Tags

Type your tag names separated by a space and hit enter

Surgical therapy of arrhythmias in single-ventricle patients undergoing Fontan or Fontan conversion.
J Card Surg. 2009 Nov-Dec; 24(6):738-41.JC

Abstract

BACKGROUND

Arrhythmia is detrimental to Fontan hemodynamics. Clinical outcomes among Fontan patients who underwent antiarrhythmic treatment were retrospectively reviewed.

METHODS

From January 1996 to January 2007, 182 patients underwent a Fontan procedure, including Fontan conversion. Thirty-nine of the 182 patients showed various arrhythmias pre- or post-Fontan operations, and were treated surgically including Fontan conversion (18 patients) or medically. The authors analyzed the outcomes of arrhythmia treatments retrospectively.

RESULTS

Thirty-nine patients (21.4%) showed various arrhythmias, such as atrial flutter, atrial fibrillation, junctional rhythm, sinus node dysfunction, or brady tachyarrhythmia pre- or post-Fontan procedure. Follow-up duration was 13.1 +/- 8.7 years (11 months to 325 months).Atrial flutter and fibrillation only developed in 17 patients who received atriopulmonary connection Fontan, and who were treated by Fontan conversion with concomitant procedures such as Cox-maze procedure (two patients), right-side maze and pacemaker implantation (five patients), right atrial isthmus ablation (four patients), right atrial isthmus cryoablation and pacemaker implantation (five patients), and only pacemaker implantation (one patient). The 21 patients who showed arrhythmia at the time of the Fontan procedure underwent the following procedures concomitantly: right atrial isthmus cryoablation with pacemaker implantation (one patient), right atrial isthmus cryoablation (one patient), or pacemaker implantation (nine patients). The remaining 10 patients, who showed junctional rhythm, sinus bradycardia, or intermittent ectopic beats, were managed medically. There were two late mortalities due to protein-losing enteropathy. As a result, 33 patients (89.2%) maintained atrioventricular synchrony, 19 in sinus rhythm and 14 supported by a DDD-type pacemaker. The remaining four patients (10.8%) showed persistent junctional rhythm with a stable hemodynamic status.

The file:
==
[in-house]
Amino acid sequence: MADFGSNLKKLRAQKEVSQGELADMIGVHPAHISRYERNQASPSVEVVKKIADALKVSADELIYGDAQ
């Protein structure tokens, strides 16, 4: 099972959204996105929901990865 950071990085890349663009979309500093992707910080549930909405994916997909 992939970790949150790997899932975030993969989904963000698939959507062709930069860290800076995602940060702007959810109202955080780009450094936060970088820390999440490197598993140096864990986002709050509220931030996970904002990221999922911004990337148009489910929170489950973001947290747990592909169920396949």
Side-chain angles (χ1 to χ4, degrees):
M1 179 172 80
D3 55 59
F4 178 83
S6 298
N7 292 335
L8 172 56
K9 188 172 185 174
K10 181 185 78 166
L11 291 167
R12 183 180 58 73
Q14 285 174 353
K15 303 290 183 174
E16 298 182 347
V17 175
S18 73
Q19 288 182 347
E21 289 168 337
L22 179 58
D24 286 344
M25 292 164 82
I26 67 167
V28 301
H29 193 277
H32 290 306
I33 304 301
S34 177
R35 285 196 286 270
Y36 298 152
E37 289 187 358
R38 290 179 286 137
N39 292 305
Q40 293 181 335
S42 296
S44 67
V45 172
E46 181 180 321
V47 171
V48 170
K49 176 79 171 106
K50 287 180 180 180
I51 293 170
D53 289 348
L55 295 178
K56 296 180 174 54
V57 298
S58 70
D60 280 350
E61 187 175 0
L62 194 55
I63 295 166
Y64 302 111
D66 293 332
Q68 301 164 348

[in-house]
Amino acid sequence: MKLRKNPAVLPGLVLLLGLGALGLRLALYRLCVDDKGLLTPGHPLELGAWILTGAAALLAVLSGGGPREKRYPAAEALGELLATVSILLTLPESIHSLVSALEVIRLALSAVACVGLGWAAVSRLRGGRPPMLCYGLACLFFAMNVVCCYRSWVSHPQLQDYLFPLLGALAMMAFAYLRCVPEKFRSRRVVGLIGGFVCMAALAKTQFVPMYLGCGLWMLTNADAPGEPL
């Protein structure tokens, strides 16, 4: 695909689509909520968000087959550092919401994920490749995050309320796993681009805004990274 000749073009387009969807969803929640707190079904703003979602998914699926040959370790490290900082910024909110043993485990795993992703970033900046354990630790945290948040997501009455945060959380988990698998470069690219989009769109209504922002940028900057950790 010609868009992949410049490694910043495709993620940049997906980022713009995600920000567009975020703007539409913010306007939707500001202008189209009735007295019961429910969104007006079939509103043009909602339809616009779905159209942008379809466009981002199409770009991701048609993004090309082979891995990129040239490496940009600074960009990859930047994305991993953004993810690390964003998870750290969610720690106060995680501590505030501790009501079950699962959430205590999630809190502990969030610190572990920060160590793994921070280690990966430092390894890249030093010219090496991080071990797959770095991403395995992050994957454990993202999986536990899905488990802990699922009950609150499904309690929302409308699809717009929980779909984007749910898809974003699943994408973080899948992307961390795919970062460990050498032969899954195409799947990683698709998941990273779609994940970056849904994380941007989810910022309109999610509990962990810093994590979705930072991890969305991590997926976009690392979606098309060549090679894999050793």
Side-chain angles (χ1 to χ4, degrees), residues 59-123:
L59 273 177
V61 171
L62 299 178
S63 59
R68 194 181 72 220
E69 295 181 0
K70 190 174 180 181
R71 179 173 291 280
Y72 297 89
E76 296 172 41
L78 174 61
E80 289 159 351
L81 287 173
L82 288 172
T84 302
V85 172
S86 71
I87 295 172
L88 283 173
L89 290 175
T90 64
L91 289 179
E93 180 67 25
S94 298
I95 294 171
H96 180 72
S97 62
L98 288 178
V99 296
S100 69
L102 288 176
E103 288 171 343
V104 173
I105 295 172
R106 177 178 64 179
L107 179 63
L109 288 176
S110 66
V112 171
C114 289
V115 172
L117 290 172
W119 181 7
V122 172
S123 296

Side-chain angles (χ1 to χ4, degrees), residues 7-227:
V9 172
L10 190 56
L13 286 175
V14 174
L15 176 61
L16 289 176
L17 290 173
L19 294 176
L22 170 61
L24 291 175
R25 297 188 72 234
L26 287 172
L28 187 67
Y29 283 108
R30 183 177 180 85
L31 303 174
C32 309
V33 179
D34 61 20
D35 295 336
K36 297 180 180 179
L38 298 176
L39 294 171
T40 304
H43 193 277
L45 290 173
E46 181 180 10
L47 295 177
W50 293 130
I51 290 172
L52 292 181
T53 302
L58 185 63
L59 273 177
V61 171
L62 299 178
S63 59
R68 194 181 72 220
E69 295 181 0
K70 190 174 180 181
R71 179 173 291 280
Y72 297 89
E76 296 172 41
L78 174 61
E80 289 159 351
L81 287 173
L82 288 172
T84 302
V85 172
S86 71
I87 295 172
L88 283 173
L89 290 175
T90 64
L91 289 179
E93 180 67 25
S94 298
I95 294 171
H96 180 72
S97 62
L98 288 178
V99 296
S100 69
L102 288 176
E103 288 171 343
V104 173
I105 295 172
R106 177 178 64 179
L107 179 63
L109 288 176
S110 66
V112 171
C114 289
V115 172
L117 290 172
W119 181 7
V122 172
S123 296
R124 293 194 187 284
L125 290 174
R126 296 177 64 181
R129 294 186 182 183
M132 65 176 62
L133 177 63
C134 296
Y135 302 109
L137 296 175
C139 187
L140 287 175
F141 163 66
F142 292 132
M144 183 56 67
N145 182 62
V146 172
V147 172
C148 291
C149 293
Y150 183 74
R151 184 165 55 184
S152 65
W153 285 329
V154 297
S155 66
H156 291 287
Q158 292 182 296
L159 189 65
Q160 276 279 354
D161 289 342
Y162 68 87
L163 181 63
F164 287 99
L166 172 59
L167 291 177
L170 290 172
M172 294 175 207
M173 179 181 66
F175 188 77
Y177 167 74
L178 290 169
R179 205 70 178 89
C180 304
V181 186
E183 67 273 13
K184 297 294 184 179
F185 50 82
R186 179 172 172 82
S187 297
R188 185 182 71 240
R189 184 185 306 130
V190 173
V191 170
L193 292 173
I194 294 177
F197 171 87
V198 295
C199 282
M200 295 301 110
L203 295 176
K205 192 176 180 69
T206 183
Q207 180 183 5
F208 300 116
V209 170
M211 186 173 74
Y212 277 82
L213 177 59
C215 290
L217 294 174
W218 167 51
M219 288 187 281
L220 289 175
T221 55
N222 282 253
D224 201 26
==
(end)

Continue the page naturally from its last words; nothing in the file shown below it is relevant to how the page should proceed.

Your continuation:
CONCLUSIONS

The various arrhythmias in Fontan patients were well controlled by aggressive surgical management.

Authors+Show Affiliations

Department of Cardiothoracic Surgery, Sejong General Hospital, Sejong Heart Institute, Bucheon, Korea.No affiliation info availableNo affiliation info availableNo affiliation info available

Pub Type(s)

Journal Article

Language

eng

PubMed ID

20078722

Citation

Kwak, Jae Gun, et al. "Surgical Therapy of Arrhythmias in Single-ventricle Patients Undergoing Fontan or Fontan Conversion." Journal of Cardiac Surgery, vol. 24, no. 6, 2009, pp. 738-41.
Kwak JG, Kim WH, Lee JR, et al. Surgical therapy of arrhythmias in single-ventricle patients undergoing Fontan or Fontan conversion. J Card Surg. 2009;24(6):738-41.